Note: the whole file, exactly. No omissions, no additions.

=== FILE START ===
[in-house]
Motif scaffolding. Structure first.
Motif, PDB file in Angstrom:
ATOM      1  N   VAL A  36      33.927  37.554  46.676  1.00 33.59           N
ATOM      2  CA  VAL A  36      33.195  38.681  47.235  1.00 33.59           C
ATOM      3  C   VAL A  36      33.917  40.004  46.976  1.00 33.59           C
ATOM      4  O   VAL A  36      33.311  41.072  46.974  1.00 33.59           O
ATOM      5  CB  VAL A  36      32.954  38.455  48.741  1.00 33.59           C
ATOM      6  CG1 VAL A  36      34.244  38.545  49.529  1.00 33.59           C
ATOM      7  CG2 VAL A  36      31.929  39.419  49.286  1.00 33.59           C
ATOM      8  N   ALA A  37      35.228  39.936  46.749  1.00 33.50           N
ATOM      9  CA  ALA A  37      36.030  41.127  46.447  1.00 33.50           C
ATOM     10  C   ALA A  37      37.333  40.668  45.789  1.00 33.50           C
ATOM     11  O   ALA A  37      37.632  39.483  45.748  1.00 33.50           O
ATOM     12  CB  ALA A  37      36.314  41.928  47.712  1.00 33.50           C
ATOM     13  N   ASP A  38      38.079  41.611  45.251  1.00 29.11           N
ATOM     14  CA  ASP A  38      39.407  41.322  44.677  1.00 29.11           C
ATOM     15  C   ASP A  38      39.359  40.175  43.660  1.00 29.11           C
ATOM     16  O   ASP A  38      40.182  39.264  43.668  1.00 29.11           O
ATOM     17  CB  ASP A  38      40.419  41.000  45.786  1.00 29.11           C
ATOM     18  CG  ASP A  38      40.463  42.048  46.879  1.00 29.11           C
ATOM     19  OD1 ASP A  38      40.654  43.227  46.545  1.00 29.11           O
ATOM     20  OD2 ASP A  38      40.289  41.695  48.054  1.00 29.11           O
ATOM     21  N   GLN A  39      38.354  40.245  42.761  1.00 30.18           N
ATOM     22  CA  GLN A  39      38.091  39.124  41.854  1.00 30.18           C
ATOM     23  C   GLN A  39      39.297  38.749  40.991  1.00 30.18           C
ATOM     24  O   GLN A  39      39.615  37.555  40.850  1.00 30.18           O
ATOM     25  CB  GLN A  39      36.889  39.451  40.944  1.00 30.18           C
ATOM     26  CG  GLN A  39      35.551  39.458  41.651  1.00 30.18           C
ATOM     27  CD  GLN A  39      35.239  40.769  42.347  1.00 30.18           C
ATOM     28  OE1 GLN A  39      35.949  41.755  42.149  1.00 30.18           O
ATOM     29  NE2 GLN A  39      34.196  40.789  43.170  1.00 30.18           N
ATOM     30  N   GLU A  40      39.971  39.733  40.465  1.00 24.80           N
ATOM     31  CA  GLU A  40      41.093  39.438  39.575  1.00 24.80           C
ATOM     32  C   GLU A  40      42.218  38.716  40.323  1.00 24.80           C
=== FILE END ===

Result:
[in-house]
Motif scaffolding. Structure first.
Motif, PDB file in Angstrom:
ATOM      1  N   VAL A  36      33.927  37.554  46.676  1.00 33.59           N
ATOM      2  CA  VAL A  36      33.195  38.681  47.235  1.00 33.59           C
ATOM      3  C   VAL A  36      33.917  40.004  46.976  1.00 33.59           C
ATOM      4  O   VAL A  36      33.311  41.072  46.974  1.00 33.59           O
ATOM      5  CB  VAL A  36      32.954  38.455  48.741  1.00 33.59           C
ATOM      6  CG1 VAL A  36      34.244  38.545  49.529  1.00 33.59           C
ATOM      7  CG2 VAL A  36      31.929  39.419  49.286  1.00 33.59           C
ATOM      8  N   ALA A  37      35.228  39.936  46.749  1.00 33.50           N
ATOM      9  CA  ALA A  37      36.030  41.127  46.447  1.00 33.50           C
ATOM     10  C   ALA A  37      37.333  40.668  45.789  1.00 33.50           C
ATOM     11  O   ALA A  37      37.632  39.483  45.748  1.00 33.50           O
ATOM     12  CB  ALA A  37      36.314  41.928  47.712  1.00 33.50           C
ATOM     13  N   ASP A  38      38.079  41.611  45.251  1.00 29.11           N
ATOM     14  CA  ASP A  38      39.407  41.322  44.677  1.00 29.11           C
ATOM     15  C   ASP A  38      39.359  40.175  43.660  1.00 29.11           C
ATOM     16  O   ASP A  38      40.182  39.264  43.668  1.00 29.11           O
ATOM     17  CB  ASP A  38      40.419  41.000  45.786  1.00 29.11           C
ATOM     18  CG  ASP A  38      40.463  42.048  46.879  1.00 29.11           C
ATOM     19  OD1 ASP A  38      40.654  43.227  46.545  1.00 29.11           O
ATOM     20  OD2 ASP A  38      40.289  41.695  48.054  1.00 29.11           O
ATOM     21  N   GLN A  39      38.354  40.245  42.761  1.00 30.18           N
ATOM     22  CA  GLN A  39      38.091  39.124  41.854  1.00 30.18           C
ATOM     23  C   GLN A  39      39.297  38.749  40.991  1.00 30.18           C
ATOM     24  O   GLN A  39      39.615  37.555  40.850  1.00 30.18           O
ATOM     25  CB  GLN A  39      36.889  39.451  40.944  1.00 30.18           C
ATOM     26  CG  GLN A  39      35.551  39.458  41.651  1.00 30.18           C
ATOM     27  CD  GLN A  39      35.239  40.769  42.347  1.00 30.18           C
ATOM     28  OE1 GLN A  39      35.949  41.755  42.149  1.00 30.18           O
ATOM     29  NE2 GLN A  39      34.196  40.789  43.170  1.00 30.18           N
ATOM     30  N   GLU A  40      39.971  39.733  40.465  1.00 24.80           N
ATOM     31  CA  GLU A  40      41.093  39.438  39.575  1.00 24.80           C
ATOM     32  C   GLU A  40      42.218  38.716  40.323  1.00 24.80           C